As companies turn to digital technologies for business solutions, the risk of a security breach continues to rise. For the last 11 years, the security of information technology and data has been rated as a top technology initiative in surveys conducted and published by the AICPA. In addition to concerns about the loss of data and sensitive information, the AICPA surveys identify controls for mobile devices and cloud computing as ongoing concerns.
In the fall of 2011, the SEC issued enhanced financial statement disclosure guidance that has led to a higher level of cybersecurity awareness, monitoring, and scrutiny by SEC registrants ("CF Disclosure Guidance: Topic 2," Oct. 13, 2011). The guidance, issued by the SEC'sDivision of Corporation Finance, is in response to more frequent and severe cybersecurity incidents experienced by SEC registrants. The required new disclosure obligations focus on cybersecurity risks and actual cyber attack incidents.
Nature of Cyber Attacks
The SEC guidance states that cyber attacks can be deliberate or can result from unintended events, and they can be carried out by outside hackers or by internal agents (e.g., employees, contractors, vendors). Attacks can be executed in a variety of ways to achieve different objectives. Examples of specific attacks mentioned by riie SEC include-
* unauthorized access to sensitive data;
* industrial espionage;
* sabotage of hardware and software;
* infection of hardware and software with malicious software;
* theft of computer time and other denial of service attacks; and
* theft of mobile devices, such as laptops, notebooks, and cell phones.
Specific SEC Disclosures
The SEC guidance is consistent with other disclosure requirements mandated by federal securities laws associated with any significant business risk. But the risks associated with cybersecurity go beyond generic risks that could apply to all SEC registrants. The new guidance suggests disclosures should focus on the unique facts and circumstances related to specific, material cybersecurity risk factors. For example, SEC financial statement disclosure obligations can arise from the following:
* Cybersecurity risks and costs associated with a registrant's operations
* Cybersecurity risks arising from outsourcing activities
* Cybersecurity incidents that have occurred during the past year and that are individually or collectively material in nature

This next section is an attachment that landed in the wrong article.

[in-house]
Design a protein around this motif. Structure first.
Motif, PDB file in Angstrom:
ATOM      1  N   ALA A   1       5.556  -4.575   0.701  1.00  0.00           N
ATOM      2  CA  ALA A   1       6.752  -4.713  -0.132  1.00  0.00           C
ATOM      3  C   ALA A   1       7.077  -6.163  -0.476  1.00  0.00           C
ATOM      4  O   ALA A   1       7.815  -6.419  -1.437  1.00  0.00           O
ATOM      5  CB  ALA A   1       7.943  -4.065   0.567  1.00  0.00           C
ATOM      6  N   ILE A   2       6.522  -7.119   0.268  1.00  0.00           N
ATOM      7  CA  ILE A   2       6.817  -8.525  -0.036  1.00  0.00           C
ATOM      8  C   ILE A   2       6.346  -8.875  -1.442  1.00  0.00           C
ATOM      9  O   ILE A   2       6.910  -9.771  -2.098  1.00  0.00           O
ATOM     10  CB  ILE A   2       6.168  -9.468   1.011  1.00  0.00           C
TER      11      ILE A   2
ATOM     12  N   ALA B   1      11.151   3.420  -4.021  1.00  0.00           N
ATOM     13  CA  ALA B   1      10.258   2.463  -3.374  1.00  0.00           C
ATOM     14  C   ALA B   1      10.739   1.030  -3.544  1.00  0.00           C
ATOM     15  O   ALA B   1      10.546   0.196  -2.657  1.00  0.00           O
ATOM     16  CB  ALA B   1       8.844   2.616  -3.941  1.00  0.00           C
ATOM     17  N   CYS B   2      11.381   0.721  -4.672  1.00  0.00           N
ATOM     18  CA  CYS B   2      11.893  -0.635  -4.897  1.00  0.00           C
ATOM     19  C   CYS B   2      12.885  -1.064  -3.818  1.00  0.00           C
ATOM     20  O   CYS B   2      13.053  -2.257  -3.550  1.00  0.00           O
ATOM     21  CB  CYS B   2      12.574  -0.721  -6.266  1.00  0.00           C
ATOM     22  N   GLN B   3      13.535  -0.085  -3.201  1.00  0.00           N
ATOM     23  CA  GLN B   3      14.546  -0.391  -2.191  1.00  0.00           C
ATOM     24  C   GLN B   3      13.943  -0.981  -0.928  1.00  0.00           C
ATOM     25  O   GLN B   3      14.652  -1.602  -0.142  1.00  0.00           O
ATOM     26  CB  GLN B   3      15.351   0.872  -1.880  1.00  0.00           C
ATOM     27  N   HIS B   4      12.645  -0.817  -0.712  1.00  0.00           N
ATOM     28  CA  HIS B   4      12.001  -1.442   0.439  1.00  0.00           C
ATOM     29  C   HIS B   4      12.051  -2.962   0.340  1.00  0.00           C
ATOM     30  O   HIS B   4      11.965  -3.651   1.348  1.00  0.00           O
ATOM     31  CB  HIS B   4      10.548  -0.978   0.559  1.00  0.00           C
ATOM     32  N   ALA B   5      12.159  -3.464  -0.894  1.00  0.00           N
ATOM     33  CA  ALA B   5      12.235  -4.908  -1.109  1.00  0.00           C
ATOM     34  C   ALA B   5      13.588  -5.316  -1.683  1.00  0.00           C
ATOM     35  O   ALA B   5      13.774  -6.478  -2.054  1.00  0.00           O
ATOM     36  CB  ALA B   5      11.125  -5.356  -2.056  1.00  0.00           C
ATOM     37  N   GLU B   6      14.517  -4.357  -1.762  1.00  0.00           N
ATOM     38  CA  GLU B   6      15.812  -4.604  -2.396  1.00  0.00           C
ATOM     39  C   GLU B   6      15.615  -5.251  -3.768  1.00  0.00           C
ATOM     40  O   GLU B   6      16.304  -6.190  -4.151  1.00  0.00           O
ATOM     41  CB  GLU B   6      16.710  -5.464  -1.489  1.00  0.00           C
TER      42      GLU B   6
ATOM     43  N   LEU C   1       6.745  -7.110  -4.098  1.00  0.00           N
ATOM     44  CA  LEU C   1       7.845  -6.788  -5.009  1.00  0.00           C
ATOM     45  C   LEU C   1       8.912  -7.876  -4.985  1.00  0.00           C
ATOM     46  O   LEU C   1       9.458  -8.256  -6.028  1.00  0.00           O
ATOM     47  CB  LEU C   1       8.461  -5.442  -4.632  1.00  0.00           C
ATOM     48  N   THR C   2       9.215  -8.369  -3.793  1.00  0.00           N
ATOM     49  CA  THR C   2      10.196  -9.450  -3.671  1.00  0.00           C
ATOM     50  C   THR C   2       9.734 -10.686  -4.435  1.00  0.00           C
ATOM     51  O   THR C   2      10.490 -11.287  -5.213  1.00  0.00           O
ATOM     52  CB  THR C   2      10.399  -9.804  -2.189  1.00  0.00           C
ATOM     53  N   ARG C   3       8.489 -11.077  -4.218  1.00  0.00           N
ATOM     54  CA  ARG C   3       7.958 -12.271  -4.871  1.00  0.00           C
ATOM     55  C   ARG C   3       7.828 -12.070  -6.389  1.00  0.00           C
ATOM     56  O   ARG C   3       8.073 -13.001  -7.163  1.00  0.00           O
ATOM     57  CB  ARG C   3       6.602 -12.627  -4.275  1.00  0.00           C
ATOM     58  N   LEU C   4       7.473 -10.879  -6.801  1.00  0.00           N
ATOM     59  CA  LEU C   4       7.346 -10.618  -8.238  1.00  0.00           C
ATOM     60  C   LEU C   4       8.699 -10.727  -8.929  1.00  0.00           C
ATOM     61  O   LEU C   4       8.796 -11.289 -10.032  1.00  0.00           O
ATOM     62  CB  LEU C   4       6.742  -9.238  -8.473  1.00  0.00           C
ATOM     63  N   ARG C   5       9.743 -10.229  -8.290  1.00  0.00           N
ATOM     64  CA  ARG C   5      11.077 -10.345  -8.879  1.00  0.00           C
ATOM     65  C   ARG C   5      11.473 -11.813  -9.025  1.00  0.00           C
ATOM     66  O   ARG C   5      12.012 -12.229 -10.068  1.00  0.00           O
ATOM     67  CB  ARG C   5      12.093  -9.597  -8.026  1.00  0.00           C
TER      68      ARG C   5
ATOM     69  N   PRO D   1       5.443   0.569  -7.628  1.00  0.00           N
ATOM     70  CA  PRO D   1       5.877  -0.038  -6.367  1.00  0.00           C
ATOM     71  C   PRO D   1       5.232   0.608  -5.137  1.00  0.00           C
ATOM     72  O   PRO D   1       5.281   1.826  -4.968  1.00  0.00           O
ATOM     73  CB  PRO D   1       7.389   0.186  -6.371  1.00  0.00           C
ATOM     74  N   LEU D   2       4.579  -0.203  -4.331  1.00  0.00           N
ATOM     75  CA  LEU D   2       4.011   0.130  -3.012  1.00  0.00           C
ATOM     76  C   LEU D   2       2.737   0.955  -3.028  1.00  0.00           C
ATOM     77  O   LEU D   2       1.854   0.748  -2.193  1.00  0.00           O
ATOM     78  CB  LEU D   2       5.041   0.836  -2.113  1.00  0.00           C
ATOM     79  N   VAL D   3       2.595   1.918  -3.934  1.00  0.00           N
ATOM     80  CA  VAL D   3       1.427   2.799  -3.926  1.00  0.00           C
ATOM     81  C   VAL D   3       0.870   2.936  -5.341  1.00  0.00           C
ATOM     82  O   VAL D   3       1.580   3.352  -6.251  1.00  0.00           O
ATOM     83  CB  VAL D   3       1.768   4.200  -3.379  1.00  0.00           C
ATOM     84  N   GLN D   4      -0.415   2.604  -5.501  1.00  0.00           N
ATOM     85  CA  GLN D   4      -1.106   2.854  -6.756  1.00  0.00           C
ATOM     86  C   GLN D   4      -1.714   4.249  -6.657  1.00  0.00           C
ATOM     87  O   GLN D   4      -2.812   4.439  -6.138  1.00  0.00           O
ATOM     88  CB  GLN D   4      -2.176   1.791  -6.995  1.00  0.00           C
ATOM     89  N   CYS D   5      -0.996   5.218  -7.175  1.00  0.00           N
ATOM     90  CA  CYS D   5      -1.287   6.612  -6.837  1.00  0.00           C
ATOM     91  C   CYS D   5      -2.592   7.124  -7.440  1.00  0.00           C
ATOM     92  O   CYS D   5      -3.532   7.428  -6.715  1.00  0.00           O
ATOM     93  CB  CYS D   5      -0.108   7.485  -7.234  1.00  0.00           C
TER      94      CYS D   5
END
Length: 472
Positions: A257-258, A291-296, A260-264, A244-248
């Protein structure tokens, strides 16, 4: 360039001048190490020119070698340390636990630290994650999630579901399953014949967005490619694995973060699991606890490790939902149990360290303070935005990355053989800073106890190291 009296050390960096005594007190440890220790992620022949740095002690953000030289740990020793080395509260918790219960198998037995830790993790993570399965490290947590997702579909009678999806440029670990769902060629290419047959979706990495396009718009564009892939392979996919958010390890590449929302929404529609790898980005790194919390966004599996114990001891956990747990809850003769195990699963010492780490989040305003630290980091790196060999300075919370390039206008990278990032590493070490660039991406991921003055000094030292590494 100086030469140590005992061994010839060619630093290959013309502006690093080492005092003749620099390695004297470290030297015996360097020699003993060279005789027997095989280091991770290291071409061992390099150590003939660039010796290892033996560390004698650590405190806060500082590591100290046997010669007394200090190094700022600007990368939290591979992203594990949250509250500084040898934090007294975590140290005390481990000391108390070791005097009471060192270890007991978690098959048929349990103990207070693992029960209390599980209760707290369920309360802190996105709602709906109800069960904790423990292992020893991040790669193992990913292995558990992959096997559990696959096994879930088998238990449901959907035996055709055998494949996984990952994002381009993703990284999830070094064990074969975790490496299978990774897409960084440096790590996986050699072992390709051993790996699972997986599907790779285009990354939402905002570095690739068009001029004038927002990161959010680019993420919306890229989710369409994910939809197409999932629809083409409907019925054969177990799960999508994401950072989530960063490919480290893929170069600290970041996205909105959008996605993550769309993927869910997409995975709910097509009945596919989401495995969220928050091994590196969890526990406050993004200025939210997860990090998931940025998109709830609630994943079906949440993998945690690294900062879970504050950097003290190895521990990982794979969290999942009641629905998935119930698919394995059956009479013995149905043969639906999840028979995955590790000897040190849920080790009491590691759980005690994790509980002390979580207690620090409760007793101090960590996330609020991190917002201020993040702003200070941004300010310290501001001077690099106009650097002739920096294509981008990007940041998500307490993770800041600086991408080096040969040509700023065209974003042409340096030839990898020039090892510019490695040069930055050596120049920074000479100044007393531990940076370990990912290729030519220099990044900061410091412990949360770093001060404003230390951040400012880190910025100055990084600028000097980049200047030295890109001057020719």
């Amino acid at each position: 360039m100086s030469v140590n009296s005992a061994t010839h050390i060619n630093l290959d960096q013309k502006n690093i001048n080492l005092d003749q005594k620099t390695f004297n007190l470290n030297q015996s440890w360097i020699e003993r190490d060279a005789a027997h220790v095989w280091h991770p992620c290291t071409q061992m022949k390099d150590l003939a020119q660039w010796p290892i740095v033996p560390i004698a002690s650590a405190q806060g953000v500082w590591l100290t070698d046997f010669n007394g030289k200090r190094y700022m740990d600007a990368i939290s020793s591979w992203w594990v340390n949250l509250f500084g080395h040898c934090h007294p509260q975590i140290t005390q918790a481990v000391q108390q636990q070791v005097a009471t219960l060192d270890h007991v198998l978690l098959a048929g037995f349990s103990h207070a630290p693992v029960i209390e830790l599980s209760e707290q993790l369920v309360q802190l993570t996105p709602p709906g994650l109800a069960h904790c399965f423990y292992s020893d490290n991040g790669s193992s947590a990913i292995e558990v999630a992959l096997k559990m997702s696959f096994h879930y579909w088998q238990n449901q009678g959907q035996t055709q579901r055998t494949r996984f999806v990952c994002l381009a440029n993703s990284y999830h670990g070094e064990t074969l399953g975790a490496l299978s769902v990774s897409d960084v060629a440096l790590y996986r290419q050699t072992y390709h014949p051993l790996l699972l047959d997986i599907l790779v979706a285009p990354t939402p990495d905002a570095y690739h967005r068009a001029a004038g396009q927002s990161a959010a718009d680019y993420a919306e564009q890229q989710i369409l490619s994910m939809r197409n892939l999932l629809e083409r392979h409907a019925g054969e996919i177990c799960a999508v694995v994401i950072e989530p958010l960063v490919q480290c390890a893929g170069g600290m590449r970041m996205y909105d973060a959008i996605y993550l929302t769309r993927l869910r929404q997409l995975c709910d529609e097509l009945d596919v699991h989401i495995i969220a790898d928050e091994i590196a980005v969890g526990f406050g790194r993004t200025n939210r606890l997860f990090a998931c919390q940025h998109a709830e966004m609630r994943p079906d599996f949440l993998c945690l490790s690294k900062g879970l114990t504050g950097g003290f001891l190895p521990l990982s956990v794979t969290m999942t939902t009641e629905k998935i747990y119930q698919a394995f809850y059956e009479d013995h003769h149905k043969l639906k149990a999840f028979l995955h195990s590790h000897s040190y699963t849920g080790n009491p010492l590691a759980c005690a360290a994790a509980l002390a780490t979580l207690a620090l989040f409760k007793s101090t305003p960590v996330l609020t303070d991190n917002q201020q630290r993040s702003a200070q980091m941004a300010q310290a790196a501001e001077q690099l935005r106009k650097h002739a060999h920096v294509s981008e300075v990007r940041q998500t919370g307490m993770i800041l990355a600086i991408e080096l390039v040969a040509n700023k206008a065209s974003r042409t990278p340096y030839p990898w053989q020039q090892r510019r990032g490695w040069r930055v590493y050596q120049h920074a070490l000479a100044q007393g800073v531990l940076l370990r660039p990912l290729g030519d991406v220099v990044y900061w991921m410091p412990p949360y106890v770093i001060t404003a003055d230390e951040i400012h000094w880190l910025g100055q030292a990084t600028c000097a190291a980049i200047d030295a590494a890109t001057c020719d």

* Cybersecurity risks that may go undetected for an extended period
* Cybersecurity risks that give rise to relevant insurance coverage.
In addition to these potential risks, actual cyber attacks should be disclosed as to the nature, occurrence, and the potential cost of the attack, as well as the related consequences of the attack. Disclosing information about prior attacks can often help users understand the risk the company is facing and how the company is remediating past security breaches.
Potential and actual cyber attacks present unique risks and costs to companies. Costs for actual security breaches can often be determined, but costs of potential breaches are very difficult to estimate. The SEC offered guidance on costs that should be considered, indicating that cyber attacks can expose companies to the following:
* Remedial costs associated with a loss of data and information and the loss of business after an attack
* Costs of cybersecurity
* Loss of revenues due to a loss of data or customers
* Regulatory fines
* Litigation costs
* Reputational damage that can lead to loss of customers and reduced investor confidence.
The SEC disclosure guidance acknowledges that registrants have been devoting additional resources to cybersecurity. These include hiring additional IT security personnel, training existing internal agents, upgrading IT hardware and software, and hiring IT security consultants.
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